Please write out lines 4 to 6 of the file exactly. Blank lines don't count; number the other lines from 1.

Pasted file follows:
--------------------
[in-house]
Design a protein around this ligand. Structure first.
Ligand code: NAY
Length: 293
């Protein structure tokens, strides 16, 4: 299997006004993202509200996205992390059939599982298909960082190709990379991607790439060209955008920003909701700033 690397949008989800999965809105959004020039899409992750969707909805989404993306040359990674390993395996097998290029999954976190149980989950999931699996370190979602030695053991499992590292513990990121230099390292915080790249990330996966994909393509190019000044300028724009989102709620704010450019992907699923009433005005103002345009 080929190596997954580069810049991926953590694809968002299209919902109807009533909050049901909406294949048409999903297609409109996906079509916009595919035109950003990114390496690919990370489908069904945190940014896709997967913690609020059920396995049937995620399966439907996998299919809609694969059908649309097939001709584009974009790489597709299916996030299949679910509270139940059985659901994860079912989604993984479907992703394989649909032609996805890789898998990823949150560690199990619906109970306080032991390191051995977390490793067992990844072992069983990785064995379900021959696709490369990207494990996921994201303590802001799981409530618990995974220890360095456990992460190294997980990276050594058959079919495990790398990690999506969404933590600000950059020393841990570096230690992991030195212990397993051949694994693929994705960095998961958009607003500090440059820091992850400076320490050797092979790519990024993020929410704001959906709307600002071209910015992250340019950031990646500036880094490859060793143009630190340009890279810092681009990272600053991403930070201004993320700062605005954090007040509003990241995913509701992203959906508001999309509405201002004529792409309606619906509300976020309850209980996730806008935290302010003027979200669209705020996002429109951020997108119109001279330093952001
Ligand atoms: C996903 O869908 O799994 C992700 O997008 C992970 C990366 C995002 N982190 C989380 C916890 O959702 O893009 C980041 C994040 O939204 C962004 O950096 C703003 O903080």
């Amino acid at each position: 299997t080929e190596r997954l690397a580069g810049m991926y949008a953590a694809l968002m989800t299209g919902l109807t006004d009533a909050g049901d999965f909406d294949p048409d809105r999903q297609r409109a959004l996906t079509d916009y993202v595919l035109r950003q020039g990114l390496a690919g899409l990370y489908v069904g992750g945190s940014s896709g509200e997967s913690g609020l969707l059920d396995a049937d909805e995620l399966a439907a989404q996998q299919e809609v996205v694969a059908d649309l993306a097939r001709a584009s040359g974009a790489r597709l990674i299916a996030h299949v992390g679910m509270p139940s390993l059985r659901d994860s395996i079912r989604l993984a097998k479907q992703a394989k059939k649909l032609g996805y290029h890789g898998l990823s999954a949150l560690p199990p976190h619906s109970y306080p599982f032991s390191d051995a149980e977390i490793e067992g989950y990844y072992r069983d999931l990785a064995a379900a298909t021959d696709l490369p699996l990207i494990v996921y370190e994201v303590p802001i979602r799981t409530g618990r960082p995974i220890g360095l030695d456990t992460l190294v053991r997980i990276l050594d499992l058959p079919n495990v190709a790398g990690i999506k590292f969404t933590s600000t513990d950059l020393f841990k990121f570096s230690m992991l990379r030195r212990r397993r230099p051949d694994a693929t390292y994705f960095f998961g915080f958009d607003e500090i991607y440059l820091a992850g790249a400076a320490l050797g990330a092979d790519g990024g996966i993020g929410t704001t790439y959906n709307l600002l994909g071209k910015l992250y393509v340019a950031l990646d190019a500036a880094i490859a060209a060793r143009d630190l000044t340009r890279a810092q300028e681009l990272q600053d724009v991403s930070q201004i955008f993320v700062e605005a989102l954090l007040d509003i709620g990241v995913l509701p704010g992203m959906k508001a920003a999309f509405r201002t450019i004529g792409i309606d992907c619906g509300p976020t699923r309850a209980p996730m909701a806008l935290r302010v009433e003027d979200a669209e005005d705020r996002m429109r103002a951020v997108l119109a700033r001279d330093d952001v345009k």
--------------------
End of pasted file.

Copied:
Length: 293
């Protein structure tokens, strides 16, 4: 299997006004993202509200996205992390059939599982298909960082190709990379991607790439060209955008920003909701700033 690397949008989800999965809105959004020039899409992750969707909805989404993306040359990674390993395996097998290029999954976190149980989950999931699996370190979602030695053991499992590292513990990121230099390292915080790249990330996966994909393509190019000044300028724009989102709620704010450019992907699923009433005005103002345009 080929190596997954580069810049991926953590694809968002299209919902109807009533909050049901909406294949048409999903297609409109996906079509916009595919035109950003990114390496690919990370489908069904945190940014896709997967913690609020059920396995049937995620399966439907996998299919809609694969059908649309097939001709584009974009790489597709299916996030299949679910509270139940059985659901994860079912989604993984479907992703394989649909032609996805890789898998990823949150560690199990619906109970306080032991390191051995977390490793067992990844072992069983990785064995379900021959696709490369990207494990996921994201303590802001799981409530618990995974220890360095456990992460190294997980990276050594058959079919495990790398990690999506969404933590600000950059020393841990570096230690992991030195212990397993051949694994693929994705960095998961958009607003500090440059820091992850400076320490050797092979790519990024993020929410704001959906709307600002071209910015992250340019950031990646500036880094490859060793143009630190340009890279810092681009990272600053991403930070201004993320700062605005954090007040509003990241995913509701992203959906508001999309509405201002004529792409309606619906509300976020309850209980996730806008935290302010003027979200669209705020996002429109951020997108119109001279330093952001
Ligand atoms: C996903 O869908 O799994 C992700 O997008 C992970 C990366 C995002 N982190 C989380 C916890 O959702 O893009 C980041 C994040 O939204 C962004 O950096 C703003 O903080």